10. Dictionaries & columns and rows A = CUR =  ij uijC(i)R(i), where U=W+ and W = intersection of C and R, • where C(i),R(i) = actual-cols and actual-rows. Approximate: A(j)≈  i=1,...,c yijC(i) • by minyij|| A(j)-  i=1,...,c yijC(i) ||2 Y = C+A --> A ≈ PCA = (CC+)A • project onto space of those c actual-cols. Y ≈W+R --> A ≈ PCA ≈ C(W+R) • approximate every column of A i.t.o. a small number of actual-rows and a low-dimensional encoding matrix U=W+.

  11. Carefully chosen U O(1) rows O(1) columns CX and CUR matrix decompositions Def: A CX matrix decomposition is a low-rank approximation explicitly expressed in terms of a small number of columns of the original matrix A. Def: A CUR matrix decomposition is a low-rank approximation explicitly expressed in terms of a small number of rows and columns of the original matrix A.

  12. Problem formulation (1 of 3) Consider (for now) just columns: • Could ask to find the “best” k of n columns of A (by whatever measure-of-merit). • Combinatorial problem - trivial algorithm takes nk time. • Probably NP-hard if k is not fixed. Instead: • Fix a rank parameter k. • Let’s over-sample columns by a little (e.g., k+3, 10k, k2, etc.). • Get close (additive error or relative error) to the “best” rank-k approximation.. Note: Error and over-sampling are computational resources to exploit algorithmically.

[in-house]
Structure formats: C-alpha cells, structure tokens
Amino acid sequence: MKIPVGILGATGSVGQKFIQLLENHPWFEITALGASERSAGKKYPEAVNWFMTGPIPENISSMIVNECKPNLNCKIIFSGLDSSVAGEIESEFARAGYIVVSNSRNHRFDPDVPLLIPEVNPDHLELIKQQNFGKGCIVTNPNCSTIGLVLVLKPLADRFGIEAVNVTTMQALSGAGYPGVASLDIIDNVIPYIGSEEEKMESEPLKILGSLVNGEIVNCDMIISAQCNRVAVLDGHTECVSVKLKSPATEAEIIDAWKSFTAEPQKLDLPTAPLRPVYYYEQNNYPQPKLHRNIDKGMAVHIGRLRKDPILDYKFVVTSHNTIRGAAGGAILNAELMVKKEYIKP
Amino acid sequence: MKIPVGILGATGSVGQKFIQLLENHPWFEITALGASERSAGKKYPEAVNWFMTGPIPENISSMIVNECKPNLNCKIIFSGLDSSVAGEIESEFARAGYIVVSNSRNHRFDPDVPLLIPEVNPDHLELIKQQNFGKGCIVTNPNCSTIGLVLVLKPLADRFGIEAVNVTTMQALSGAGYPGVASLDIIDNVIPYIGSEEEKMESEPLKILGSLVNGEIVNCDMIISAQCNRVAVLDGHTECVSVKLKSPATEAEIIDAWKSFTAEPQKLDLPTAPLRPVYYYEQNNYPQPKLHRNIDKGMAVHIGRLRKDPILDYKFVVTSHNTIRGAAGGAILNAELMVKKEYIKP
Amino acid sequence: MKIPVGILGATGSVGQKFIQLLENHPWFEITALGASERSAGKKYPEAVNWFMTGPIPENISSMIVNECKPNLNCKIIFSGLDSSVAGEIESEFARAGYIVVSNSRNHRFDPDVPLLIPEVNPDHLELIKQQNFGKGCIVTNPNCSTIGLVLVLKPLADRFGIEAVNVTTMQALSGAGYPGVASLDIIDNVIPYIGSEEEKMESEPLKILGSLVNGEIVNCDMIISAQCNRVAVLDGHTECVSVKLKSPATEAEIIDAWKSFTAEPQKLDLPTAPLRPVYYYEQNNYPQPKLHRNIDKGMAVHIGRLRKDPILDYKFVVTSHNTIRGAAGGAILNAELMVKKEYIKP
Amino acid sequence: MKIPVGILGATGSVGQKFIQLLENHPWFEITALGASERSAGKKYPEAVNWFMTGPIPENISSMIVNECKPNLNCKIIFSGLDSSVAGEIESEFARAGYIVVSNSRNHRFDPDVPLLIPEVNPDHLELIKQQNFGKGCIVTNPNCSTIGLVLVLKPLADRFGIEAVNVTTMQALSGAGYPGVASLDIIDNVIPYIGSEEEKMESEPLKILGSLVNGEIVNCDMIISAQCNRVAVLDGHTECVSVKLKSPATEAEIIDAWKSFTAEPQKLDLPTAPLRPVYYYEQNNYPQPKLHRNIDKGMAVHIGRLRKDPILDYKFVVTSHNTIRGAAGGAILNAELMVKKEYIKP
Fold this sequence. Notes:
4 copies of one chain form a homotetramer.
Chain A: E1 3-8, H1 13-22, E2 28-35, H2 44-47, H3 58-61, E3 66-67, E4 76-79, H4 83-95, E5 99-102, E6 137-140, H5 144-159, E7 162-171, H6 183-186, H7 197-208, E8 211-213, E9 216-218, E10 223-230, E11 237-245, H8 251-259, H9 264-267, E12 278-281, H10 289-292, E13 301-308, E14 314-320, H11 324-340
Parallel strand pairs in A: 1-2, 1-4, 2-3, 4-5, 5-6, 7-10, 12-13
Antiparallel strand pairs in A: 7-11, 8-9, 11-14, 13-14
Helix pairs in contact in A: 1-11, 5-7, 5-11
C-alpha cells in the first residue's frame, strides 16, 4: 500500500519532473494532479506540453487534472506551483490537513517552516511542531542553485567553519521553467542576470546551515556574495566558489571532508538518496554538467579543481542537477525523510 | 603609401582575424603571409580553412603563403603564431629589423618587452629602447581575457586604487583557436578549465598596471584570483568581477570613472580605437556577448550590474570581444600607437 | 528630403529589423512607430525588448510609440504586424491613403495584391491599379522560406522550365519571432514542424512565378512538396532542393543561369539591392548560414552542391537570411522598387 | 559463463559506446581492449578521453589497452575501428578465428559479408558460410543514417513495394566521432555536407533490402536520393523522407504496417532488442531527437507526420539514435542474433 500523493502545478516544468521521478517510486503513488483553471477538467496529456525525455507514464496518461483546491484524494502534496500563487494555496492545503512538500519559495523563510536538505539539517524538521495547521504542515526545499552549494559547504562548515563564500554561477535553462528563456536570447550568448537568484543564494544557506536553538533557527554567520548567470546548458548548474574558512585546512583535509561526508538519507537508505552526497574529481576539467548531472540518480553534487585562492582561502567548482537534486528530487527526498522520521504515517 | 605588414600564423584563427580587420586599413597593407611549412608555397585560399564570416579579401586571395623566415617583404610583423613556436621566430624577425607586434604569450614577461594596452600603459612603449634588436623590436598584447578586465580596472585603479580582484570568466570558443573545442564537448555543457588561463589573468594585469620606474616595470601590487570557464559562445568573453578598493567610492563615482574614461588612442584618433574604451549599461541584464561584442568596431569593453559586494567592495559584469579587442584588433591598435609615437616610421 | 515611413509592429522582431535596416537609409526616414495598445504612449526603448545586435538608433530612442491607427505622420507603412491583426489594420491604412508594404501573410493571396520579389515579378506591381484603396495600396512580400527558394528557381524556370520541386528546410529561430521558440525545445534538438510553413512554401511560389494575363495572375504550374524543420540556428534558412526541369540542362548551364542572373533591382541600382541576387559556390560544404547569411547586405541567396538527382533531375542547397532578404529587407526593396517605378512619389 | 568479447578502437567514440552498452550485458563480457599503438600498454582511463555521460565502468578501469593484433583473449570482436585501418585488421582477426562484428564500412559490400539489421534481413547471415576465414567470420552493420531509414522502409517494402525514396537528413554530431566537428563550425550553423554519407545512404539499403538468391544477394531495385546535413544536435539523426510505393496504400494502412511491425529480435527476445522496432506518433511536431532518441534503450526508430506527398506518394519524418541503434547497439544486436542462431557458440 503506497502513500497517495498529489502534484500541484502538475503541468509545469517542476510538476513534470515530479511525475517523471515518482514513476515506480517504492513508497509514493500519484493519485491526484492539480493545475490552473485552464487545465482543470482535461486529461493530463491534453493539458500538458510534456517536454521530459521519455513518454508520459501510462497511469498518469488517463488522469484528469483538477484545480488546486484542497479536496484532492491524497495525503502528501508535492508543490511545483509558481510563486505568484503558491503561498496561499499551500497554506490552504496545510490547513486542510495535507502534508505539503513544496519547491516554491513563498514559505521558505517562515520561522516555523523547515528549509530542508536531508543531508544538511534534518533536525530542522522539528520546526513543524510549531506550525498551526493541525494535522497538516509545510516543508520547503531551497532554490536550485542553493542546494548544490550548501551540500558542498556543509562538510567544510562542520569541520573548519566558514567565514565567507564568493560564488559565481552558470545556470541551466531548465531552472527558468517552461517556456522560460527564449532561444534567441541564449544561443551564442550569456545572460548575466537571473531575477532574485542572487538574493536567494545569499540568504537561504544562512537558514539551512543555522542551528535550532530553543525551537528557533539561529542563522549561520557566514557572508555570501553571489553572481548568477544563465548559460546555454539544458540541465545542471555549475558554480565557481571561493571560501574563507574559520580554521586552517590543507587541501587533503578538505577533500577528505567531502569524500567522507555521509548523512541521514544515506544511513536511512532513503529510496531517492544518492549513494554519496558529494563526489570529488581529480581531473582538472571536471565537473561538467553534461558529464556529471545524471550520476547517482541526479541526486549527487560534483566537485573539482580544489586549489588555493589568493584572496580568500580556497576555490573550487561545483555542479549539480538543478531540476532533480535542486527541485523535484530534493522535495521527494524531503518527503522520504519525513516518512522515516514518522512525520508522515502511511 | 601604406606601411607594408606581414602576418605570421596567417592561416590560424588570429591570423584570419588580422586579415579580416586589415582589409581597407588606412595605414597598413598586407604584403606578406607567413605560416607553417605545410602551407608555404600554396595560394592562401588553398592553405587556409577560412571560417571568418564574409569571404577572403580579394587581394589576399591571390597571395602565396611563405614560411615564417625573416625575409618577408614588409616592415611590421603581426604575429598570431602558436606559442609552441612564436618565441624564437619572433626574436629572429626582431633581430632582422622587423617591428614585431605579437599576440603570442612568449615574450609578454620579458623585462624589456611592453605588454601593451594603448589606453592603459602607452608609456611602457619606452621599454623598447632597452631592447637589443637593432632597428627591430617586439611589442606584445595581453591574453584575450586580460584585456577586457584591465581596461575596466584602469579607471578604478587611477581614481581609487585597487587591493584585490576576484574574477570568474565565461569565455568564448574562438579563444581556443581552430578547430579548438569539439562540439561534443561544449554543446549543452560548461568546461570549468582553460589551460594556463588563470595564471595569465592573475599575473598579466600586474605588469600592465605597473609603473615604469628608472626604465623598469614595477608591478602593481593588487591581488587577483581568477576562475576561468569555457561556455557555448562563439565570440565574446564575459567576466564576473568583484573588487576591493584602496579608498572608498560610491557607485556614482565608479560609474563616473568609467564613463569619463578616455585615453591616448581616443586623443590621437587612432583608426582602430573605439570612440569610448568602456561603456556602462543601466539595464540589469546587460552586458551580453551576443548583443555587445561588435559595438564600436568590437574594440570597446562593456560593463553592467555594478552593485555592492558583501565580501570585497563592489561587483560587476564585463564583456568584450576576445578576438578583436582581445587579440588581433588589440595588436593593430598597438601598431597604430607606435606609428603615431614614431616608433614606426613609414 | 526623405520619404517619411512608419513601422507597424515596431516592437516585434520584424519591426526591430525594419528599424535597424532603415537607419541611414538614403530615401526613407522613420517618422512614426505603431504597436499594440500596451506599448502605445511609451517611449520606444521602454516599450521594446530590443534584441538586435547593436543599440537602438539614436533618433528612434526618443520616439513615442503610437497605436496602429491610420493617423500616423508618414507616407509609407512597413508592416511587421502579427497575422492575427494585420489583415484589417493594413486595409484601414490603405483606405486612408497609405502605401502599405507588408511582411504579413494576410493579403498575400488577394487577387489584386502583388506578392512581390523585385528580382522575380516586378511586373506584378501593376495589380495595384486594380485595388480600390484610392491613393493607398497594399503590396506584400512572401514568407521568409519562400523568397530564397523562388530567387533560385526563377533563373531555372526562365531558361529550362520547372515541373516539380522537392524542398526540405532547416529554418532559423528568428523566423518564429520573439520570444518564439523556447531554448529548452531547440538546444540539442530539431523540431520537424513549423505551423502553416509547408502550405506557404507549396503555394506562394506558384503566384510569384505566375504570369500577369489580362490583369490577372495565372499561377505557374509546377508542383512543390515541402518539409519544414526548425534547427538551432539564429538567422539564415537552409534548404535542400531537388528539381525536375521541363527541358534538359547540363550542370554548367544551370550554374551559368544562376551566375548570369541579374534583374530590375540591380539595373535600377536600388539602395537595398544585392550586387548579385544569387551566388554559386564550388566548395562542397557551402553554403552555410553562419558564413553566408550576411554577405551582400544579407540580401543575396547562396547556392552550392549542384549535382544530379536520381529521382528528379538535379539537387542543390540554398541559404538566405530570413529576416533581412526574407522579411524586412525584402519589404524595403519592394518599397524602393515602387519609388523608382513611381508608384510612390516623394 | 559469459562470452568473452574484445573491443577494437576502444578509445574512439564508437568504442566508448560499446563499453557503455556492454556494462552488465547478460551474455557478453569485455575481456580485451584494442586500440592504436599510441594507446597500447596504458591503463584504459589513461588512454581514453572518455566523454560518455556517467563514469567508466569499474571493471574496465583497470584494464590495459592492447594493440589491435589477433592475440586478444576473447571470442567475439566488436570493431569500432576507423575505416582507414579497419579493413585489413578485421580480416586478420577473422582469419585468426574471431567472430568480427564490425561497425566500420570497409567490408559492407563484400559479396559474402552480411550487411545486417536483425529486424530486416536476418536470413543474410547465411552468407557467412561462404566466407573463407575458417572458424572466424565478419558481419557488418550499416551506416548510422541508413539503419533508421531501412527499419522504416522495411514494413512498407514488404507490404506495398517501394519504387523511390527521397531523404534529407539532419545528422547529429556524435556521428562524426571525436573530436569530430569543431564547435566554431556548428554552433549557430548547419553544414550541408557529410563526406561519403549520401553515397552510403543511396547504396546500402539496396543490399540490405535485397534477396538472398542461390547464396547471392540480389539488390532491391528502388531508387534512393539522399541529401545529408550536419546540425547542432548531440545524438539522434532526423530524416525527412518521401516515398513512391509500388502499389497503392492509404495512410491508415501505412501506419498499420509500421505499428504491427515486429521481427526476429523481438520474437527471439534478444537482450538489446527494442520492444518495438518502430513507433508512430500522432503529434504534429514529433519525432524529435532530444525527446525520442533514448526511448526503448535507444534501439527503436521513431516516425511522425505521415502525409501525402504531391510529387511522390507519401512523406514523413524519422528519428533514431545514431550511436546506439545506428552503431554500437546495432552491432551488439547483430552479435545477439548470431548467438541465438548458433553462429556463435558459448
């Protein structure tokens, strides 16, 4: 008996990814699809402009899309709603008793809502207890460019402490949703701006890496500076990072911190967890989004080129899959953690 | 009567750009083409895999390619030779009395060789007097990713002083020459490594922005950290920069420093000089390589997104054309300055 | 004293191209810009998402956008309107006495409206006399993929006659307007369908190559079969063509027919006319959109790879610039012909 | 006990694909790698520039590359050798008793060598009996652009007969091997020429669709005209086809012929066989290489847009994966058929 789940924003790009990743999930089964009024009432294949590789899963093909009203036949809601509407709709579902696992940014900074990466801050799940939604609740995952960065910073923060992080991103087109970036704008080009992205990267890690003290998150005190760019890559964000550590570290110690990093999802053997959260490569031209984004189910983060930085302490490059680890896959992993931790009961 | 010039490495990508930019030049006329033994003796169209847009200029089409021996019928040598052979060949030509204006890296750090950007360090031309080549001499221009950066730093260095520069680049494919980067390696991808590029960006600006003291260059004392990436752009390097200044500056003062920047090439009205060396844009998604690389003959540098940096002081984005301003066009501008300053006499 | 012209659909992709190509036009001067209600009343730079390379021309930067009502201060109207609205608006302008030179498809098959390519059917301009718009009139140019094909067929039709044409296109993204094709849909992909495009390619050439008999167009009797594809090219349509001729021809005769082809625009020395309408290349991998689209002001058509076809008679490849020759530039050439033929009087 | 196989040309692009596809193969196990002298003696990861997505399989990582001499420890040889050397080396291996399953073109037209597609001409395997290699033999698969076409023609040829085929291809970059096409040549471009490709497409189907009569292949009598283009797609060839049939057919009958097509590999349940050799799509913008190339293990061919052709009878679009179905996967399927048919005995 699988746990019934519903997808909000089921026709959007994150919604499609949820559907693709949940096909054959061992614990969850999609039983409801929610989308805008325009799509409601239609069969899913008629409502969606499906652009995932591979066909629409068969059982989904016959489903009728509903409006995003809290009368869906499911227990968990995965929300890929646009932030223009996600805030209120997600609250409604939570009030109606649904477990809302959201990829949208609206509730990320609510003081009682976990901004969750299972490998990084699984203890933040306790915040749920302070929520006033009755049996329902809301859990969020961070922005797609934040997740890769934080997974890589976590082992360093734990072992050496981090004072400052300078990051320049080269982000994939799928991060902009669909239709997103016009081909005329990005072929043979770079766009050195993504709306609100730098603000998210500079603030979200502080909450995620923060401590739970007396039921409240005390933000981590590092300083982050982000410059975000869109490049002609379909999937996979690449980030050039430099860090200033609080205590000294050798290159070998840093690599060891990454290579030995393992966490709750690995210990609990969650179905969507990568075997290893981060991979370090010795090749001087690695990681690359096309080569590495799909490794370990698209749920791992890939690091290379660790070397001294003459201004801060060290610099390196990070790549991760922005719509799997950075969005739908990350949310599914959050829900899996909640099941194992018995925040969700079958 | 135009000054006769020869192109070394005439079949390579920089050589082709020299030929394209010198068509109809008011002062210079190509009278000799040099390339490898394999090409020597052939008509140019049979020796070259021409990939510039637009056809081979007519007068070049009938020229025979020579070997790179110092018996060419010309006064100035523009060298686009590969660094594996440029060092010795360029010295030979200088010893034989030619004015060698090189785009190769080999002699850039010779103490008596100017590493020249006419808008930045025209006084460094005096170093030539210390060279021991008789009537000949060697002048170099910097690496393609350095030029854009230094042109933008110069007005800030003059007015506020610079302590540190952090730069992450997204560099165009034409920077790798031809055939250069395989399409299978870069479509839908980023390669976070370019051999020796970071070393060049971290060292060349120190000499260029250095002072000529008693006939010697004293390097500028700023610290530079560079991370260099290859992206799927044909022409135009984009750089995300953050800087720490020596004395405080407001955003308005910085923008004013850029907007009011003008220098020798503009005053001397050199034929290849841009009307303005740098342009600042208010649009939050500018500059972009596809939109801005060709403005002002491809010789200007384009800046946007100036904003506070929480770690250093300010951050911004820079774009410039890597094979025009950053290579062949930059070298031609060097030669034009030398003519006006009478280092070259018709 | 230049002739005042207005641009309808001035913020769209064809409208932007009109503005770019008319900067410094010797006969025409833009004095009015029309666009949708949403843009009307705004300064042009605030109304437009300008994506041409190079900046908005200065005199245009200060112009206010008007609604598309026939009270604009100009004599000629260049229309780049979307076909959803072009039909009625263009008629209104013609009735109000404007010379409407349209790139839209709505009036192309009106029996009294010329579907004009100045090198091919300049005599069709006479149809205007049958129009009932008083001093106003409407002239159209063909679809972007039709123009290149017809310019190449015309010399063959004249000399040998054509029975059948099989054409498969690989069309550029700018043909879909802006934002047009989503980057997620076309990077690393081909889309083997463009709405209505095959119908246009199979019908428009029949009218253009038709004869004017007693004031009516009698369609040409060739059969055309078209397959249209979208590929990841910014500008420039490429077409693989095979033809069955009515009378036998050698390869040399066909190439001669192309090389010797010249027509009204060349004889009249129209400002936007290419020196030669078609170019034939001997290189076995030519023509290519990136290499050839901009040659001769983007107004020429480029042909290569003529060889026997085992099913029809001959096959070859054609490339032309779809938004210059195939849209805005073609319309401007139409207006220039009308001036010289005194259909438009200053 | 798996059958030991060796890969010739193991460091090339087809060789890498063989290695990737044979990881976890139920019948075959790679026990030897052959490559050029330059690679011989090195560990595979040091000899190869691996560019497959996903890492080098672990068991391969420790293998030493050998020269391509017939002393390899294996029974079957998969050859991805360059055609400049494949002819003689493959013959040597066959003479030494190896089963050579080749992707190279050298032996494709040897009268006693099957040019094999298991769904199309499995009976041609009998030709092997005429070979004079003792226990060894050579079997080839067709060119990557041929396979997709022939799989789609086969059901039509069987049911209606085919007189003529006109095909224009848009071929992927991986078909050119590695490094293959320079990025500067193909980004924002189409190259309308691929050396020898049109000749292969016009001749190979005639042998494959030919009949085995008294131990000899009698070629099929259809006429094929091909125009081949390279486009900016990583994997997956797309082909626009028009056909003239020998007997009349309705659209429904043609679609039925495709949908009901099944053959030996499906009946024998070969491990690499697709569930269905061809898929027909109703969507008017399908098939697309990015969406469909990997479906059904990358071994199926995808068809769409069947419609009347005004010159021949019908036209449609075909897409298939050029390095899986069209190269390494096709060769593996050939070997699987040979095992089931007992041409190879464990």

13. Problem formulation (2 of 3) Ques: Do there exist O(k), or O(k2), or …, columns s.t.: ||A-CC+A||2,F < ||A-Ak||2,F + ||A||F Ans: Yes - and can find them in O(m+n) space and time after two passes over the data! (DFKVV99,DKM04) Ques: Do there exist O(k), or O(k2), or …, columns s.t.: ||A-CC+A||2,F < (1+)-1||A-Ak||2,F + t||A||F Ans: Yes - and can find them in O(m+n) space and time after t passes over the data! (RVW05,DM05) Ques: Do there exist, and can we find, O(k), or O(k2), or …, columns s.t.: ||A-CC+A||F < (1+)||A-Ak||F Ans: Yes - existential proof - no non-exhaustive algorithm given! (RVW05,DRVW06) Ans: ...

  14. Problem formulation (3 of 3) Back to columns and rows: Ques: Do there exist O(k), or O(k2), or …, columns and rows s.t.: ||A-CUR||2,F < ||A-Ak||2,F + ||A||F Ans: Yes - lots of them, and can find them in O(m+n) space and time after two passes over the data! (DK03,DKM04) Note: “lots of them” since these are randomized Monte Carlo algorithms! Ques: Do there exist O(k), or O(k2), or …, columns and rows s.t.: ||A-CUR||F < (1+)||A-Ak||F Ans: …